Admittedly, it feels less like adult dinner when each member of the family speaks through a shellfish for the entire dinner -- but a lot of adult dinners could really use more of that sort of thing.

Plus, if the dinner goes downhill, the shellfish-puppet trick can be very useful at couples therapy. Try not to relive the oyster incident.

Clams (or Mussels) With Lime-Butter Sauce

Serves 4

2 tablespoons canola oil
1/4 cup onions, thinly sliced
1 tablespoon garlic, chopped
2 pounds clams, scrubbed and purged (or the same of mussels)
1/4 cup rice wine
3 tablespoons lime juice
1 tablespoon fish sauce
4 Thai chiles, halved lengthwise (optional) 
2 tablespoons unsalted butter
4 or 5 Thai basil leaves, coarsely chopped

See the full recipe (and save it and print it) here.

Photos by Mark Weinberg

11 Comments

Rachel P. January 22, 2015
There are clams on the kitchen counter right now for my dinner. I'm the child (albeit one in her twenties). The parent came in just now and wrinkled his nose up at them hoping they're not his dinner too..!
 
HRH January 19, 2015
I got lucky enough to have a child who tries everything. She's been happily eating oysters since age 9. But, we started with mussels and worked our way up to the slimier things ;)
 
Christine January 18, 2015
This is a very entertaining take on kids and food and shells! Not to mention their parents. I have to say my daughter, at 4, also adored clams and decided they make great spoons when eating paella with shellfish. She also took to octopus and barnacles long before she could embrace garlic, which is quite a strong gustatory stimulus for young tastebuds. Love this recipes, thanks!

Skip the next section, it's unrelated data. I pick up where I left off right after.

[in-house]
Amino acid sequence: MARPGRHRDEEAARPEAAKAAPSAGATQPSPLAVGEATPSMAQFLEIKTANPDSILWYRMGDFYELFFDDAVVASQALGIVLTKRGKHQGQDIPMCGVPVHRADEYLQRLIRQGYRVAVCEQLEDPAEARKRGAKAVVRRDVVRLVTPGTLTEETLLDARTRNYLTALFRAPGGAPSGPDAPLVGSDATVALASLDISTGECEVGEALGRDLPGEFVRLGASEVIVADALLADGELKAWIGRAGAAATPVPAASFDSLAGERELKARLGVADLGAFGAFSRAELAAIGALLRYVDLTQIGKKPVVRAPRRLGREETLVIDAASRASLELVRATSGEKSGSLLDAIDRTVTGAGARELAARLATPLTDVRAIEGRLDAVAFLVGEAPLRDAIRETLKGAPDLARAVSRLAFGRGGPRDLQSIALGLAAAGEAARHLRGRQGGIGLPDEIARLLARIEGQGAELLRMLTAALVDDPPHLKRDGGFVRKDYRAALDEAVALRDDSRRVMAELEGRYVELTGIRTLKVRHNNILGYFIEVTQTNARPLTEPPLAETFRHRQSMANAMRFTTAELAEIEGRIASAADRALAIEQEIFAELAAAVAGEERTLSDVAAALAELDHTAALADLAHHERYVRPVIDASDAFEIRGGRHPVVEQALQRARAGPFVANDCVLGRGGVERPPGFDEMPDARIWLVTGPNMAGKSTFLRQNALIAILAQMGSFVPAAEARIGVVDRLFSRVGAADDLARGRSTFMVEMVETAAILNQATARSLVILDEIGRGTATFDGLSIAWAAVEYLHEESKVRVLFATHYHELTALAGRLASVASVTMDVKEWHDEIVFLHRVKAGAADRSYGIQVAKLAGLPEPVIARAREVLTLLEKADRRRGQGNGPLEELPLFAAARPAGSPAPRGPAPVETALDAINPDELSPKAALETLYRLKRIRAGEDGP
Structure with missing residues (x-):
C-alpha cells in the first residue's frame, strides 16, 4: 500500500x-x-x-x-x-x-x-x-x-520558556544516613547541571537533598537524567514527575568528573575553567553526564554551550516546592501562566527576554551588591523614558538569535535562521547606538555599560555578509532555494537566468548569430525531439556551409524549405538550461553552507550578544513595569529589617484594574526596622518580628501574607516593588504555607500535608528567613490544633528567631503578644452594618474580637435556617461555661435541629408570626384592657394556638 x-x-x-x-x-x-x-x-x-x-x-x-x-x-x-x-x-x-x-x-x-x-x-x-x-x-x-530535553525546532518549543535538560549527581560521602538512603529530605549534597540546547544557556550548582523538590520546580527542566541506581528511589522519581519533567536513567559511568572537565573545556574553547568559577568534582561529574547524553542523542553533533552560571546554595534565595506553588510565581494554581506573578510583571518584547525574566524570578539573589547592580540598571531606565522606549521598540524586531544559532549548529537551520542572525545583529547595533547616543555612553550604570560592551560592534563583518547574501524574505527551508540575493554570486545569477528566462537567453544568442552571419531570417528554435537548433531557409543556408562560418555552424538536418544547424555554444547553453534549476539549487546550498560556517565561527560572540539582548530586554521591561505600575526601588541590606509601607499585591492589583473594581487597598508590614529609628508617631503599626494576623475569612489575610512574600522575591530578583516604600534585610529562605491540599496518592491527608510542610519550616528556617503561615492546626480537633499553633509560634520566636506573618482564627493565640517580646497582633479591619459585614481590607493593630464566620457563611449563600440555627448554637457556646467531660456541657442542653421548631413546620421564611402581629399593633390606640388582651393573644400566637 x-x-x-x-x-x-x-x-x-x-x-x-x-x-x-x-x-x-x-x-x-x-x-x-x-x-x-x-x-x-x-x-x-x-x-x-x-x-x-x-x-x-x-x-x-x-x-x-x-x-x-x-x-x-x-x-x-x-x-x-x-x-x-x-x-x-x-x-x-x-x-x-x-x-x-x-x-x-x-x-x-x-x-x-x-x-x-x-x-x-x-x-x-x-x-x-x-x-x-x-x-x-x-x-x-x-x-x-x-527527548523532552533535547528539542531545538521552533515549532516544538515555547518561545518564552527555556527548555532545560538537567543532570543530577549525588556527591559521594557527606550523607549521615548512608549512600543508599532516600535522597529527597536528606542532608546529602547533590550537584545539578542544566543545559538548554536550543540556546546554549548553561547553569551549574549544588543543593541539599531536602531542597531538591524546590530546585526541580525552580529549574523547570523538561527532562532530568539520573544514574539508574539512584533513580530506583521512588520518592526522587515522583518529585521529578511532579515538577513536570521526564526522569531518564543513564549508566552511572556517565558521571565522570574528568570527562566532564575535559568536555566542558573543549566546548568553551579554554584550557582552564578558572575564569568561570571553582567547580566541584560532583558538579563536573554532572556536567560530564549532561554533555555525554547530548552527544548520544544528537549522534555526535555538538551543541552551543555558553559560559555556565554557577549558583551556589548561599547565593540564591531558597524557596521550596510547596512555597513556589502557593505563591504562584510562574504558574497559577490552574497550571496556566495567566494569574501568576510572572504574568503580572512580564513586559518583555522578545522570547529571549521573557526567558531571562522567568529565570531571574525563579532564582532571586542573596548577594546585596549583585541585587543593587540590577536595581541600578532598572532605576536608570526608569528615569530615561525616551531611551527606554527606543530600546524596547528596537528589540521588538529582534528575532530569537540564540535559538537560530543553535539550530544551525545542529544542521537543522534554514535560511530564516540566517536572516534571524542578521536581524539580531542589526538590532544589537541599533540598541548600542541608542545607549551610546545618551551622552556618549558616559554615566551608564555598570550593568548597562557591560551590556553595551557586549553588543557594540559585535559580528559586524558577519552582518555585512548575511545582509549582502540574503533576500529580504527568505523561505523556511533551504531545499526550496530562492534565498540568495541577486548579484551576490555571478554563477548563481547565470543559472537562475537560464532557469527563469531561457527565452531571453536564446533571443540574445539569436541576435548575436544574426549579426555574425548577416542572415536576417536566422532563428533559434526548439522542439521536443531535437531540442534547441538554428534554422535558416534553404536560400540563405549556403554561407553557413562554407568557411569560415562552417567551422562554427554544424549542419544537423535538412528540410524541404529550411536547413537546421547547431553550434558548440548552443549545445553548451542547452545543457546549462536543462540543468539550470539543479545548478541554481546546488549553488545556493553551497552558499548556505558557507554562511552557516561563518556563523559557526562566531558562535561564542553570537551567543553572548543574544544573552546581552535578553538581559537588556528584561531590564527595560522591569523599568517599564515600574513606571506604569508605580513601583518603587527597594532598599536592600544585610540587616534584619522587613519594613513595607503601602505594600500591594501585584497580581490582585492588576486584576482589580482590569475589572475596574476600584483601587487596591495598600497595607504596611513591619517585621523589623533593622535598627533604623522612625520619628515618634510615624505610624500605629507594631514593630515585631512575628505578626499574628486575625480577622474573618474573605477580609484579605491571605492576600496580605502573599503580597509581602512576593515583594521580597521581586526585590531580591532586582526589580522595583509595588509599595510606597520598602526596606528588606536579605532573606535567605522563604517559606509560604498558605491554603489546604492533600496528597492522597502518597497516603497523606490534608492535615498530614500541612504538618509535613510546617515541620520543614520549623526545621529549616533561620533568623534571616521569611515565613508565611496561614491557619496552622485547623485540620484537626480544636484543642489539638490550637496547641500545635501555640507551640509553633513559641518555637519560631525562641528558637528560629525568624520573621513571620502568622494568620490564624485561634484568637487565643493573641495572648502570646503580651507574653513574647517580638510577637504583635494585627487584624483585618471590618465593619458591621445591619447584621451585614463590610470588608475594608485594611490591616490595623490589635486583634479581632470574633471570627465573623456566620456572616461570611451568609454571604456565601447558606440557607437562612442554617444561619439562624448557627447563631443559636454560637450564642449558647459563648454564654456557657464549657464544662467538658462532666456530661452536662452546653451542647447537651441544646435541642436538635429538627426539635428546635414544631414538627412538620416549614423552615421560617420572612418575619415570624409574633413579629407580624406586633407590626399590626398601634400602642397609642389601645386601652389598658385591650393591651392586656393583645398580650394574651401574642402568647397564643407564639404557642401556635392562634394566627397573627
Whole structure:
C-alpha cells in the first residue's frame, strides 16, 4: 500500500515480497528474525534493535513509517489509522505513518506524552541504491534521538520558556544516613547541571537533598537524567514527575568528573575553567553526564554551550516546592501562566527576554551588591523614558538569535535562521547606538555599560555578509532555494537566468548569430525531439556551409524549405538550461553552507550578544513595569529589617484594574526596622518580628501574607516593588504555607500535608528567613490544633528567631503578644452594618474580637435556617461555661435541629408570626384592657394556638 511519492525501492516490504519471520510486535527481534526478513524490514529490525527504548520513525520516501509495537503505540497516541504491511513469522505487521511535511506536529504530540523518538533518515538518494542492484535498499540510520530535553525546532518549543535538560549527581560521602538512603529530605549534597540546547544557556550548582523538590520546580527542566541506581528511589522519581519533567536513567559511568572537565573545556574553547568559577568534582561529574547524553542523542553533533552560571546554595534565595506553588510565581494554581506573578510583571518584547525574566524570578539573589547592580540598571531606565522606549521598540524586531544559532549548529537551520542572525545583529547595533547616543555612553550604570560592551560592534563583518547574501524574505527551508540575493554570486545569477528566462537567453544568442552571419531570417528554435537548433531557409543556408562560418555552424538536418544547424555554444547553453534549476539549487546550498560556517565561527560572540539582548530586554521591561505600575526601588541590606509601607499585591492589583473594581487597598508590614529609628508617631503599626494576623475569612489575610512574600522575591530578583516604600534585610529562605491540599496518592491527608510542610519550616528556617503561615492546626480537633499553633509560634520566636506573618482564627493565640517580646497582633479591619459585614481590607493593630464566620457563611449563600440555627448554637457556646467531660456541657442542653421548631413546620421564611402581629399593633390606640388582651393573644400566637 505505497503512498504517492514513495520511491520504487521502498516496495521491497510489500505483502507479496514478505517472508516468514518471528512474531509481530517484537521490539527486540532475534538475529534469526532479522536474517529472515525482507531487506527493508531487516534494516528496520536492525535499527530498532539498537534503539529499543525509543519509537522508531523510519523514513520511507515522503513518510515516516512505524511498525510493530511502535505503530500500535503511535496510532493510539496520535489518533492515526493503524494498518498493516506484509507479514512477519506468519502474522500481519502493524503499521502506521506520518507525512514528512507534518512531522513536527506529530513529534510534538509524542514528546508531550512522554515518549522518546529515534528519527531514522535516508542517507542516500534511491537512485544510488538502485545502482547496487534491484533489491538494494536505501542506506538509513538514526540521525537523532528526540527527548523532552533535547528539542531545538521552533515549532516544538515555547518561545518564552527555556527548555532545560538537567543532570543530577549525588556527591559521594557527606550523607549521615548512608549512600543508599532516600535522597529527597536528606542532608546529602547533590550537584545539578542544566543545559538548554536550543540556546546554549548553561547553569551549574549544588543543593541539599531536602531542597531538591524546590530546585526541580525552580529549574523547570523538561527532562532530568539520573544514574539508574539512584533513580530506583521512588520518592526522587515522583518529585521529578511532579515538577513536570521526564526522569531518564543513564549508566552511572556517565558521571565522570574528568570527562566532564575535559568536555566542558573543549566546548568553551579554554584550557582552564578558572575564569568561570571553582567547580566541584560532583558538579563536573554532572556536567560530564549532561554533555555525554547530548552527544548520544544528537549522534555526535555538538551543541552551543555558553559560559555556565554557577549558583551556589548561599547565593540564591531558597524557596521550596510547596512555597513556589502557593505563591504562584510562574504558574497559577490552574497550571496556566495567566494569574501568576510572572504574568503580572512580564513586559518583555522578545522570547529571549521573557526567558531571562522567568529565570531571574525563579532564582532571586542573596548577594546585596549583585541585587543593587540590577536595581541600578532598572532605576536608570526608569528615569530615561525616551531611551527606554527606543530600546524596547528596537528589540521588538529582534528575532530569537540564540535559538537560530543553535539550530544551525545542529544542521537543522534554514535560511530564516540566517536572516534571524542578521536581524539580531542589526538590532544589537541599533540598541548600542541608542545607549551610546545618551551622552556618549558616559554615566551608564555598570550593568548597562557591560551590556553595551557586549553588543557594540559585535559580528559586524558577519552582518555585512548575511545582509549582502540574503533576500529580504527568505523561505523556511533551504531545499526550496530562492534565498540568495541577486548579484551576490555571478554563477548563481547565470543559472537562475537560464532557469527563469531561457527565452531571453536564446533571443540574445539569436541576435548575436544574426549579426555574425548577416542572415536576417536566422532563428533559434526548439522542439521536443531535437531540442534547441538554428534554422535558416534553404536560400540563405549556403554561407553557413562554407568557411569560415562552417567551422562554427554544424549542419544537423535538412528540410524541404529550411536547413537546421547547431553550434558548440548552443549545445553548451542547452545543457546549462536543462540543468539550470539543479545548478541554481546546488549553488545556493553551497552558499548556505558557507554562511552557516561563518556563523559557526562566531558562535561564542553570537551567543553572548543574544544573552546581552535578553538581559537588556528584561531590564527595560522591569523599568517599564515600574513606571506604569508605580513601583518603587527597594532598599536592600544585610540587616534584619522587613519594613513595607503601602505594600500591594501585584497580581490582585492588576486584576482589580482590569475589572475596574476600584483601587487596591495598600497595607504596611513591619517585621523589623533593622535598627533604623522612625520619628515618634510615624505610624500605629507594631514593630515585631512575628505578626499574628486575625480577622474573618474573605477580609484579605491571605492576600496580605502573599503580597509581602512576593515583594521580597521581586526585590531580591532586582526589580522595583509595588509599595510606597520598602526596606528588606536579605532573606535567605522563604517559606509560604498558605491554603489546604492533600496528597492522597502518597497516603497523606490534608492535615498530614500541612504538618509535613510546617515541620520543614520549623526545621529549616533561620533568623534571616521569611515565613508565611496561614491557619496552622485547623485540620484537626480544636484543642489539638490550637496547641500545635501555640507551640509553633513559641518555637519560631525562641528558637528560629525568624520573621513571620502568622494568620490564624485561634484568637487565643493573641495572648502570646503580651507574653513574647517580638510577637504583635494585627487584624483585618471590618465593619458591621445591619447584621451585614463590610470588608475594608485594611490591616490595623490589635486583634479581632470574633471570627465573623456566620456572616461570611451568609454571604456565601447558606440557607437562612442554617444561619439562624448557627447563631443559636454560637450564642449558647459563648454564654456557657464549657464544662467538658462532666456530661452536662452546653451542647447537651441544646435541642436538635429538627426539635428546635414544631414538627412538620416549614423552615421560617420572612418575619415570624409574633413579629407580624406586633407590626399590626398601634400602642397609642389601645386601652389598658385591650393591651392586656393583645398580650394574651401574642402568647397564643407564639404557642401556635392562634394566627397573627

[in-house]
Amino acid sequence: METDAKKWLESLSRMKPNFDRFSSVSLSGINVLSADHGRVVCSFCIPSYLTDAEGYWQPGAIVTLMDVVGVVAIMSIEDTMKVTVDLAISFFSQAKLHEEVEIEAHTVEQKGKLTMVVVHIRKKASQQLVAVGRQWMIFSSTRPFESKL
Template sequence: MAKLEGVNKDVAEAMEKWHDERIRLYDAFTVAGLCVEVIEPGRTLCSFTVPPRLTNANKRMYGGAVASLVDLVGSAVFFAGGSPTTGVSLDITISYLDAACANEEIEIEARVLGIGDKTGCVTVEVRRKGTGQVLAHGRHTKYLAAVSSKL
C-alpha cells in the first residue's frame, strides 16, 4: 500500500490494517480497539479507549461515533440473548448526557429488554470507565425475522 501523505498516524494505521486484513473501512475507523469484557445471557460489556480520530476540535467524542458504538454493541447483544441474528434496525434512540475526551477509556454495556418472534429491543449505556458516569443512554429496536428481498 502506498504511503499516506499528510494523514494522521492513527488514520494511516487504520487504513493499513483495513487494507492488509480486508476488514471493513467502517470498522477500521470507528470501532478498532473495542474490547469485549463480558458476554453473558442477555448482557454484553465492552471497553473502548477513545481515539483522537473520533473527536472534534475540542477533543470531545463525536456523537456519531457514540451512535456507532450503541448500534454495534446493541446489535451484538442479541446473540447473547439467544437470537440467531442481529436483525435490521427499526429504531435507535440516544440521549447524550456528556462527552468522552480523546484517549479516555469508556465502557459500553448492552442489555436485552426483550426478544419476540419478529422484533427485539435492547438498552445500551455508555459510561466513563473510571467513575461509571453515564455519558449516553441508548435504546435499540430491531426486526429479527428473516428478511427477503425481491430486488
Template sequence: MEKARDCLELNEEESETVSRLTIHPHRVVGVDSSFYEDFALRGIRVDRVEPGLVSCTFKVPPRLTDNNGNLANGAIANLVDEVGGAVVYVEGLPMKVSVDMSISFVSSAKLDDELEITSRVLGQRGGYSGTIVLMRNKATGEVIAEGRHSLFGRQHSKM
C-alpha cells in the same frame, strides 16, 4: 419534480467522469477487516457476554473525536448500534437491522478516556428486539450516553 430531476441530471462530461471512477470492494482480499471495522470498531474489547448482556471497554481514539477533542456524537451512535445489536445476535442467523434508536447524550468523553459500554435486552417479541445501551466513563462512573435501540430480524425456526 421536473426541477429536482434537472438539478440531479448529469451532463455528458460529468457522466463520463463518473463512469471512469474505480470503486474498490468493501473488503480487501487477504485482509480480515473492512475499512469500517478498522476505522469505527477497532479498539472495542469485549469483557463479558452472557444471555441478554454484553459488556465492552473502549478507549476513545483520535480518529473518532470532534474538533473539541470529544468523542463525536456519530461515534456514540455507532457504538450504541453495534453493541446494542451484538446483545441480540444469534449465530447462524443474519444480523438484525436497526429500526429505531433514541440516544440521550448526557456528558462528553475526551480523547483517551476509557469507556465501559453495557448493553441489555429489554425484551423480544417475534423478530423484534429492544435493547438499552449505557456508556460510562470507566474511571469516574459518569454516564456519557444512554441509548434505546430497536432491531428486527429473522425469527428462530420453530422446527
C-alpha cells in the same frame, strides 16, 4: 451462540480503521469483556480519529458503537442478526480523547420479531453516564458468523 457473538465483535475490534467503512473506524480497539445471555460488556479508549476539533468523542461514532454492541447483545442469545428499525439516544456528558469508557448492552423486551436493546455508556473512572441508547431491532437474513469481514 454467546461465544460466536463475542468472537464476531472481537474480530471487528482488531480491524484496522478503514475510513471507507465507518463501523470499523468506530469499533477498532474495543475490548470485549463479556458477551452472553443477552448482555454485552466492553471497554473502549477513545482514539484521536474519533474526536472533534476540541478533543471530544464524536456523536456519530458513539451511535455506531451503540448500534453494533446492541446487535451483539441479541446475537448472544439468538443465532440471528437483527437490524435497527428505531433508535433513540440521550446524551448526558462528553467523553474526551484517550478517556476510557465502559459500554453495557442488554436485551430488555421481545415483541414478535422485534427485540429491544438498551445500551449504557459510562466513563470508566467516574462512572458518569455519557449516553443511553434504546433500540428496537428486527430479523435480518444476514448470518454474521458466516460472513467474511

Sarah D. January 16, 2015
My 2.5 year old LOVES clams and will shank you if you try to take one from her that she has scored. Especially if they are in their shells - such a fun little serving vessel, she thinks. I think it is all about how/when you present things - if it is a matter of "you won't like this" or "you only have to try a bite and then you can go back to your PB&J" then of course they won't want it. But if you start from "look, isn't this neat, and yummy?" they will get excited.
 
Kelly P. January 16, 2015
My 7 yr old niece adores mussels and will fight you for them. She's been eating them for two or three years now. I have never served my daughter clams in the shell but she has eaten clams since she was young.
 
Author Comment
Nicholas D. January 16, 2015
I love all this kid clam/mussel LOVE.
 
Nancy W. January 15, 2015
Both of my kids LOVE mussels and clams and really enjoy the astonishment from servers at restaurants when they order them. This is sure to be a big hit at my house.
 
Sarah J. January 15, 2015
Nicholas, Can you please upload a video of the "shellfish-puppet trick"?
 
Author Comment
Nicholas D. January 15, 2015
Not enough space on the internet, just tried.
 
ChefJune January 15, 2015
This is lovely stuff. And it is almost identical to the recipe I made the other evening from "The Slanted Door" cookbook!
 
Author Comment
Nicholas D. January 15, 2015
Oh, yes, that's what it is -- attributed above and in the recipe, too.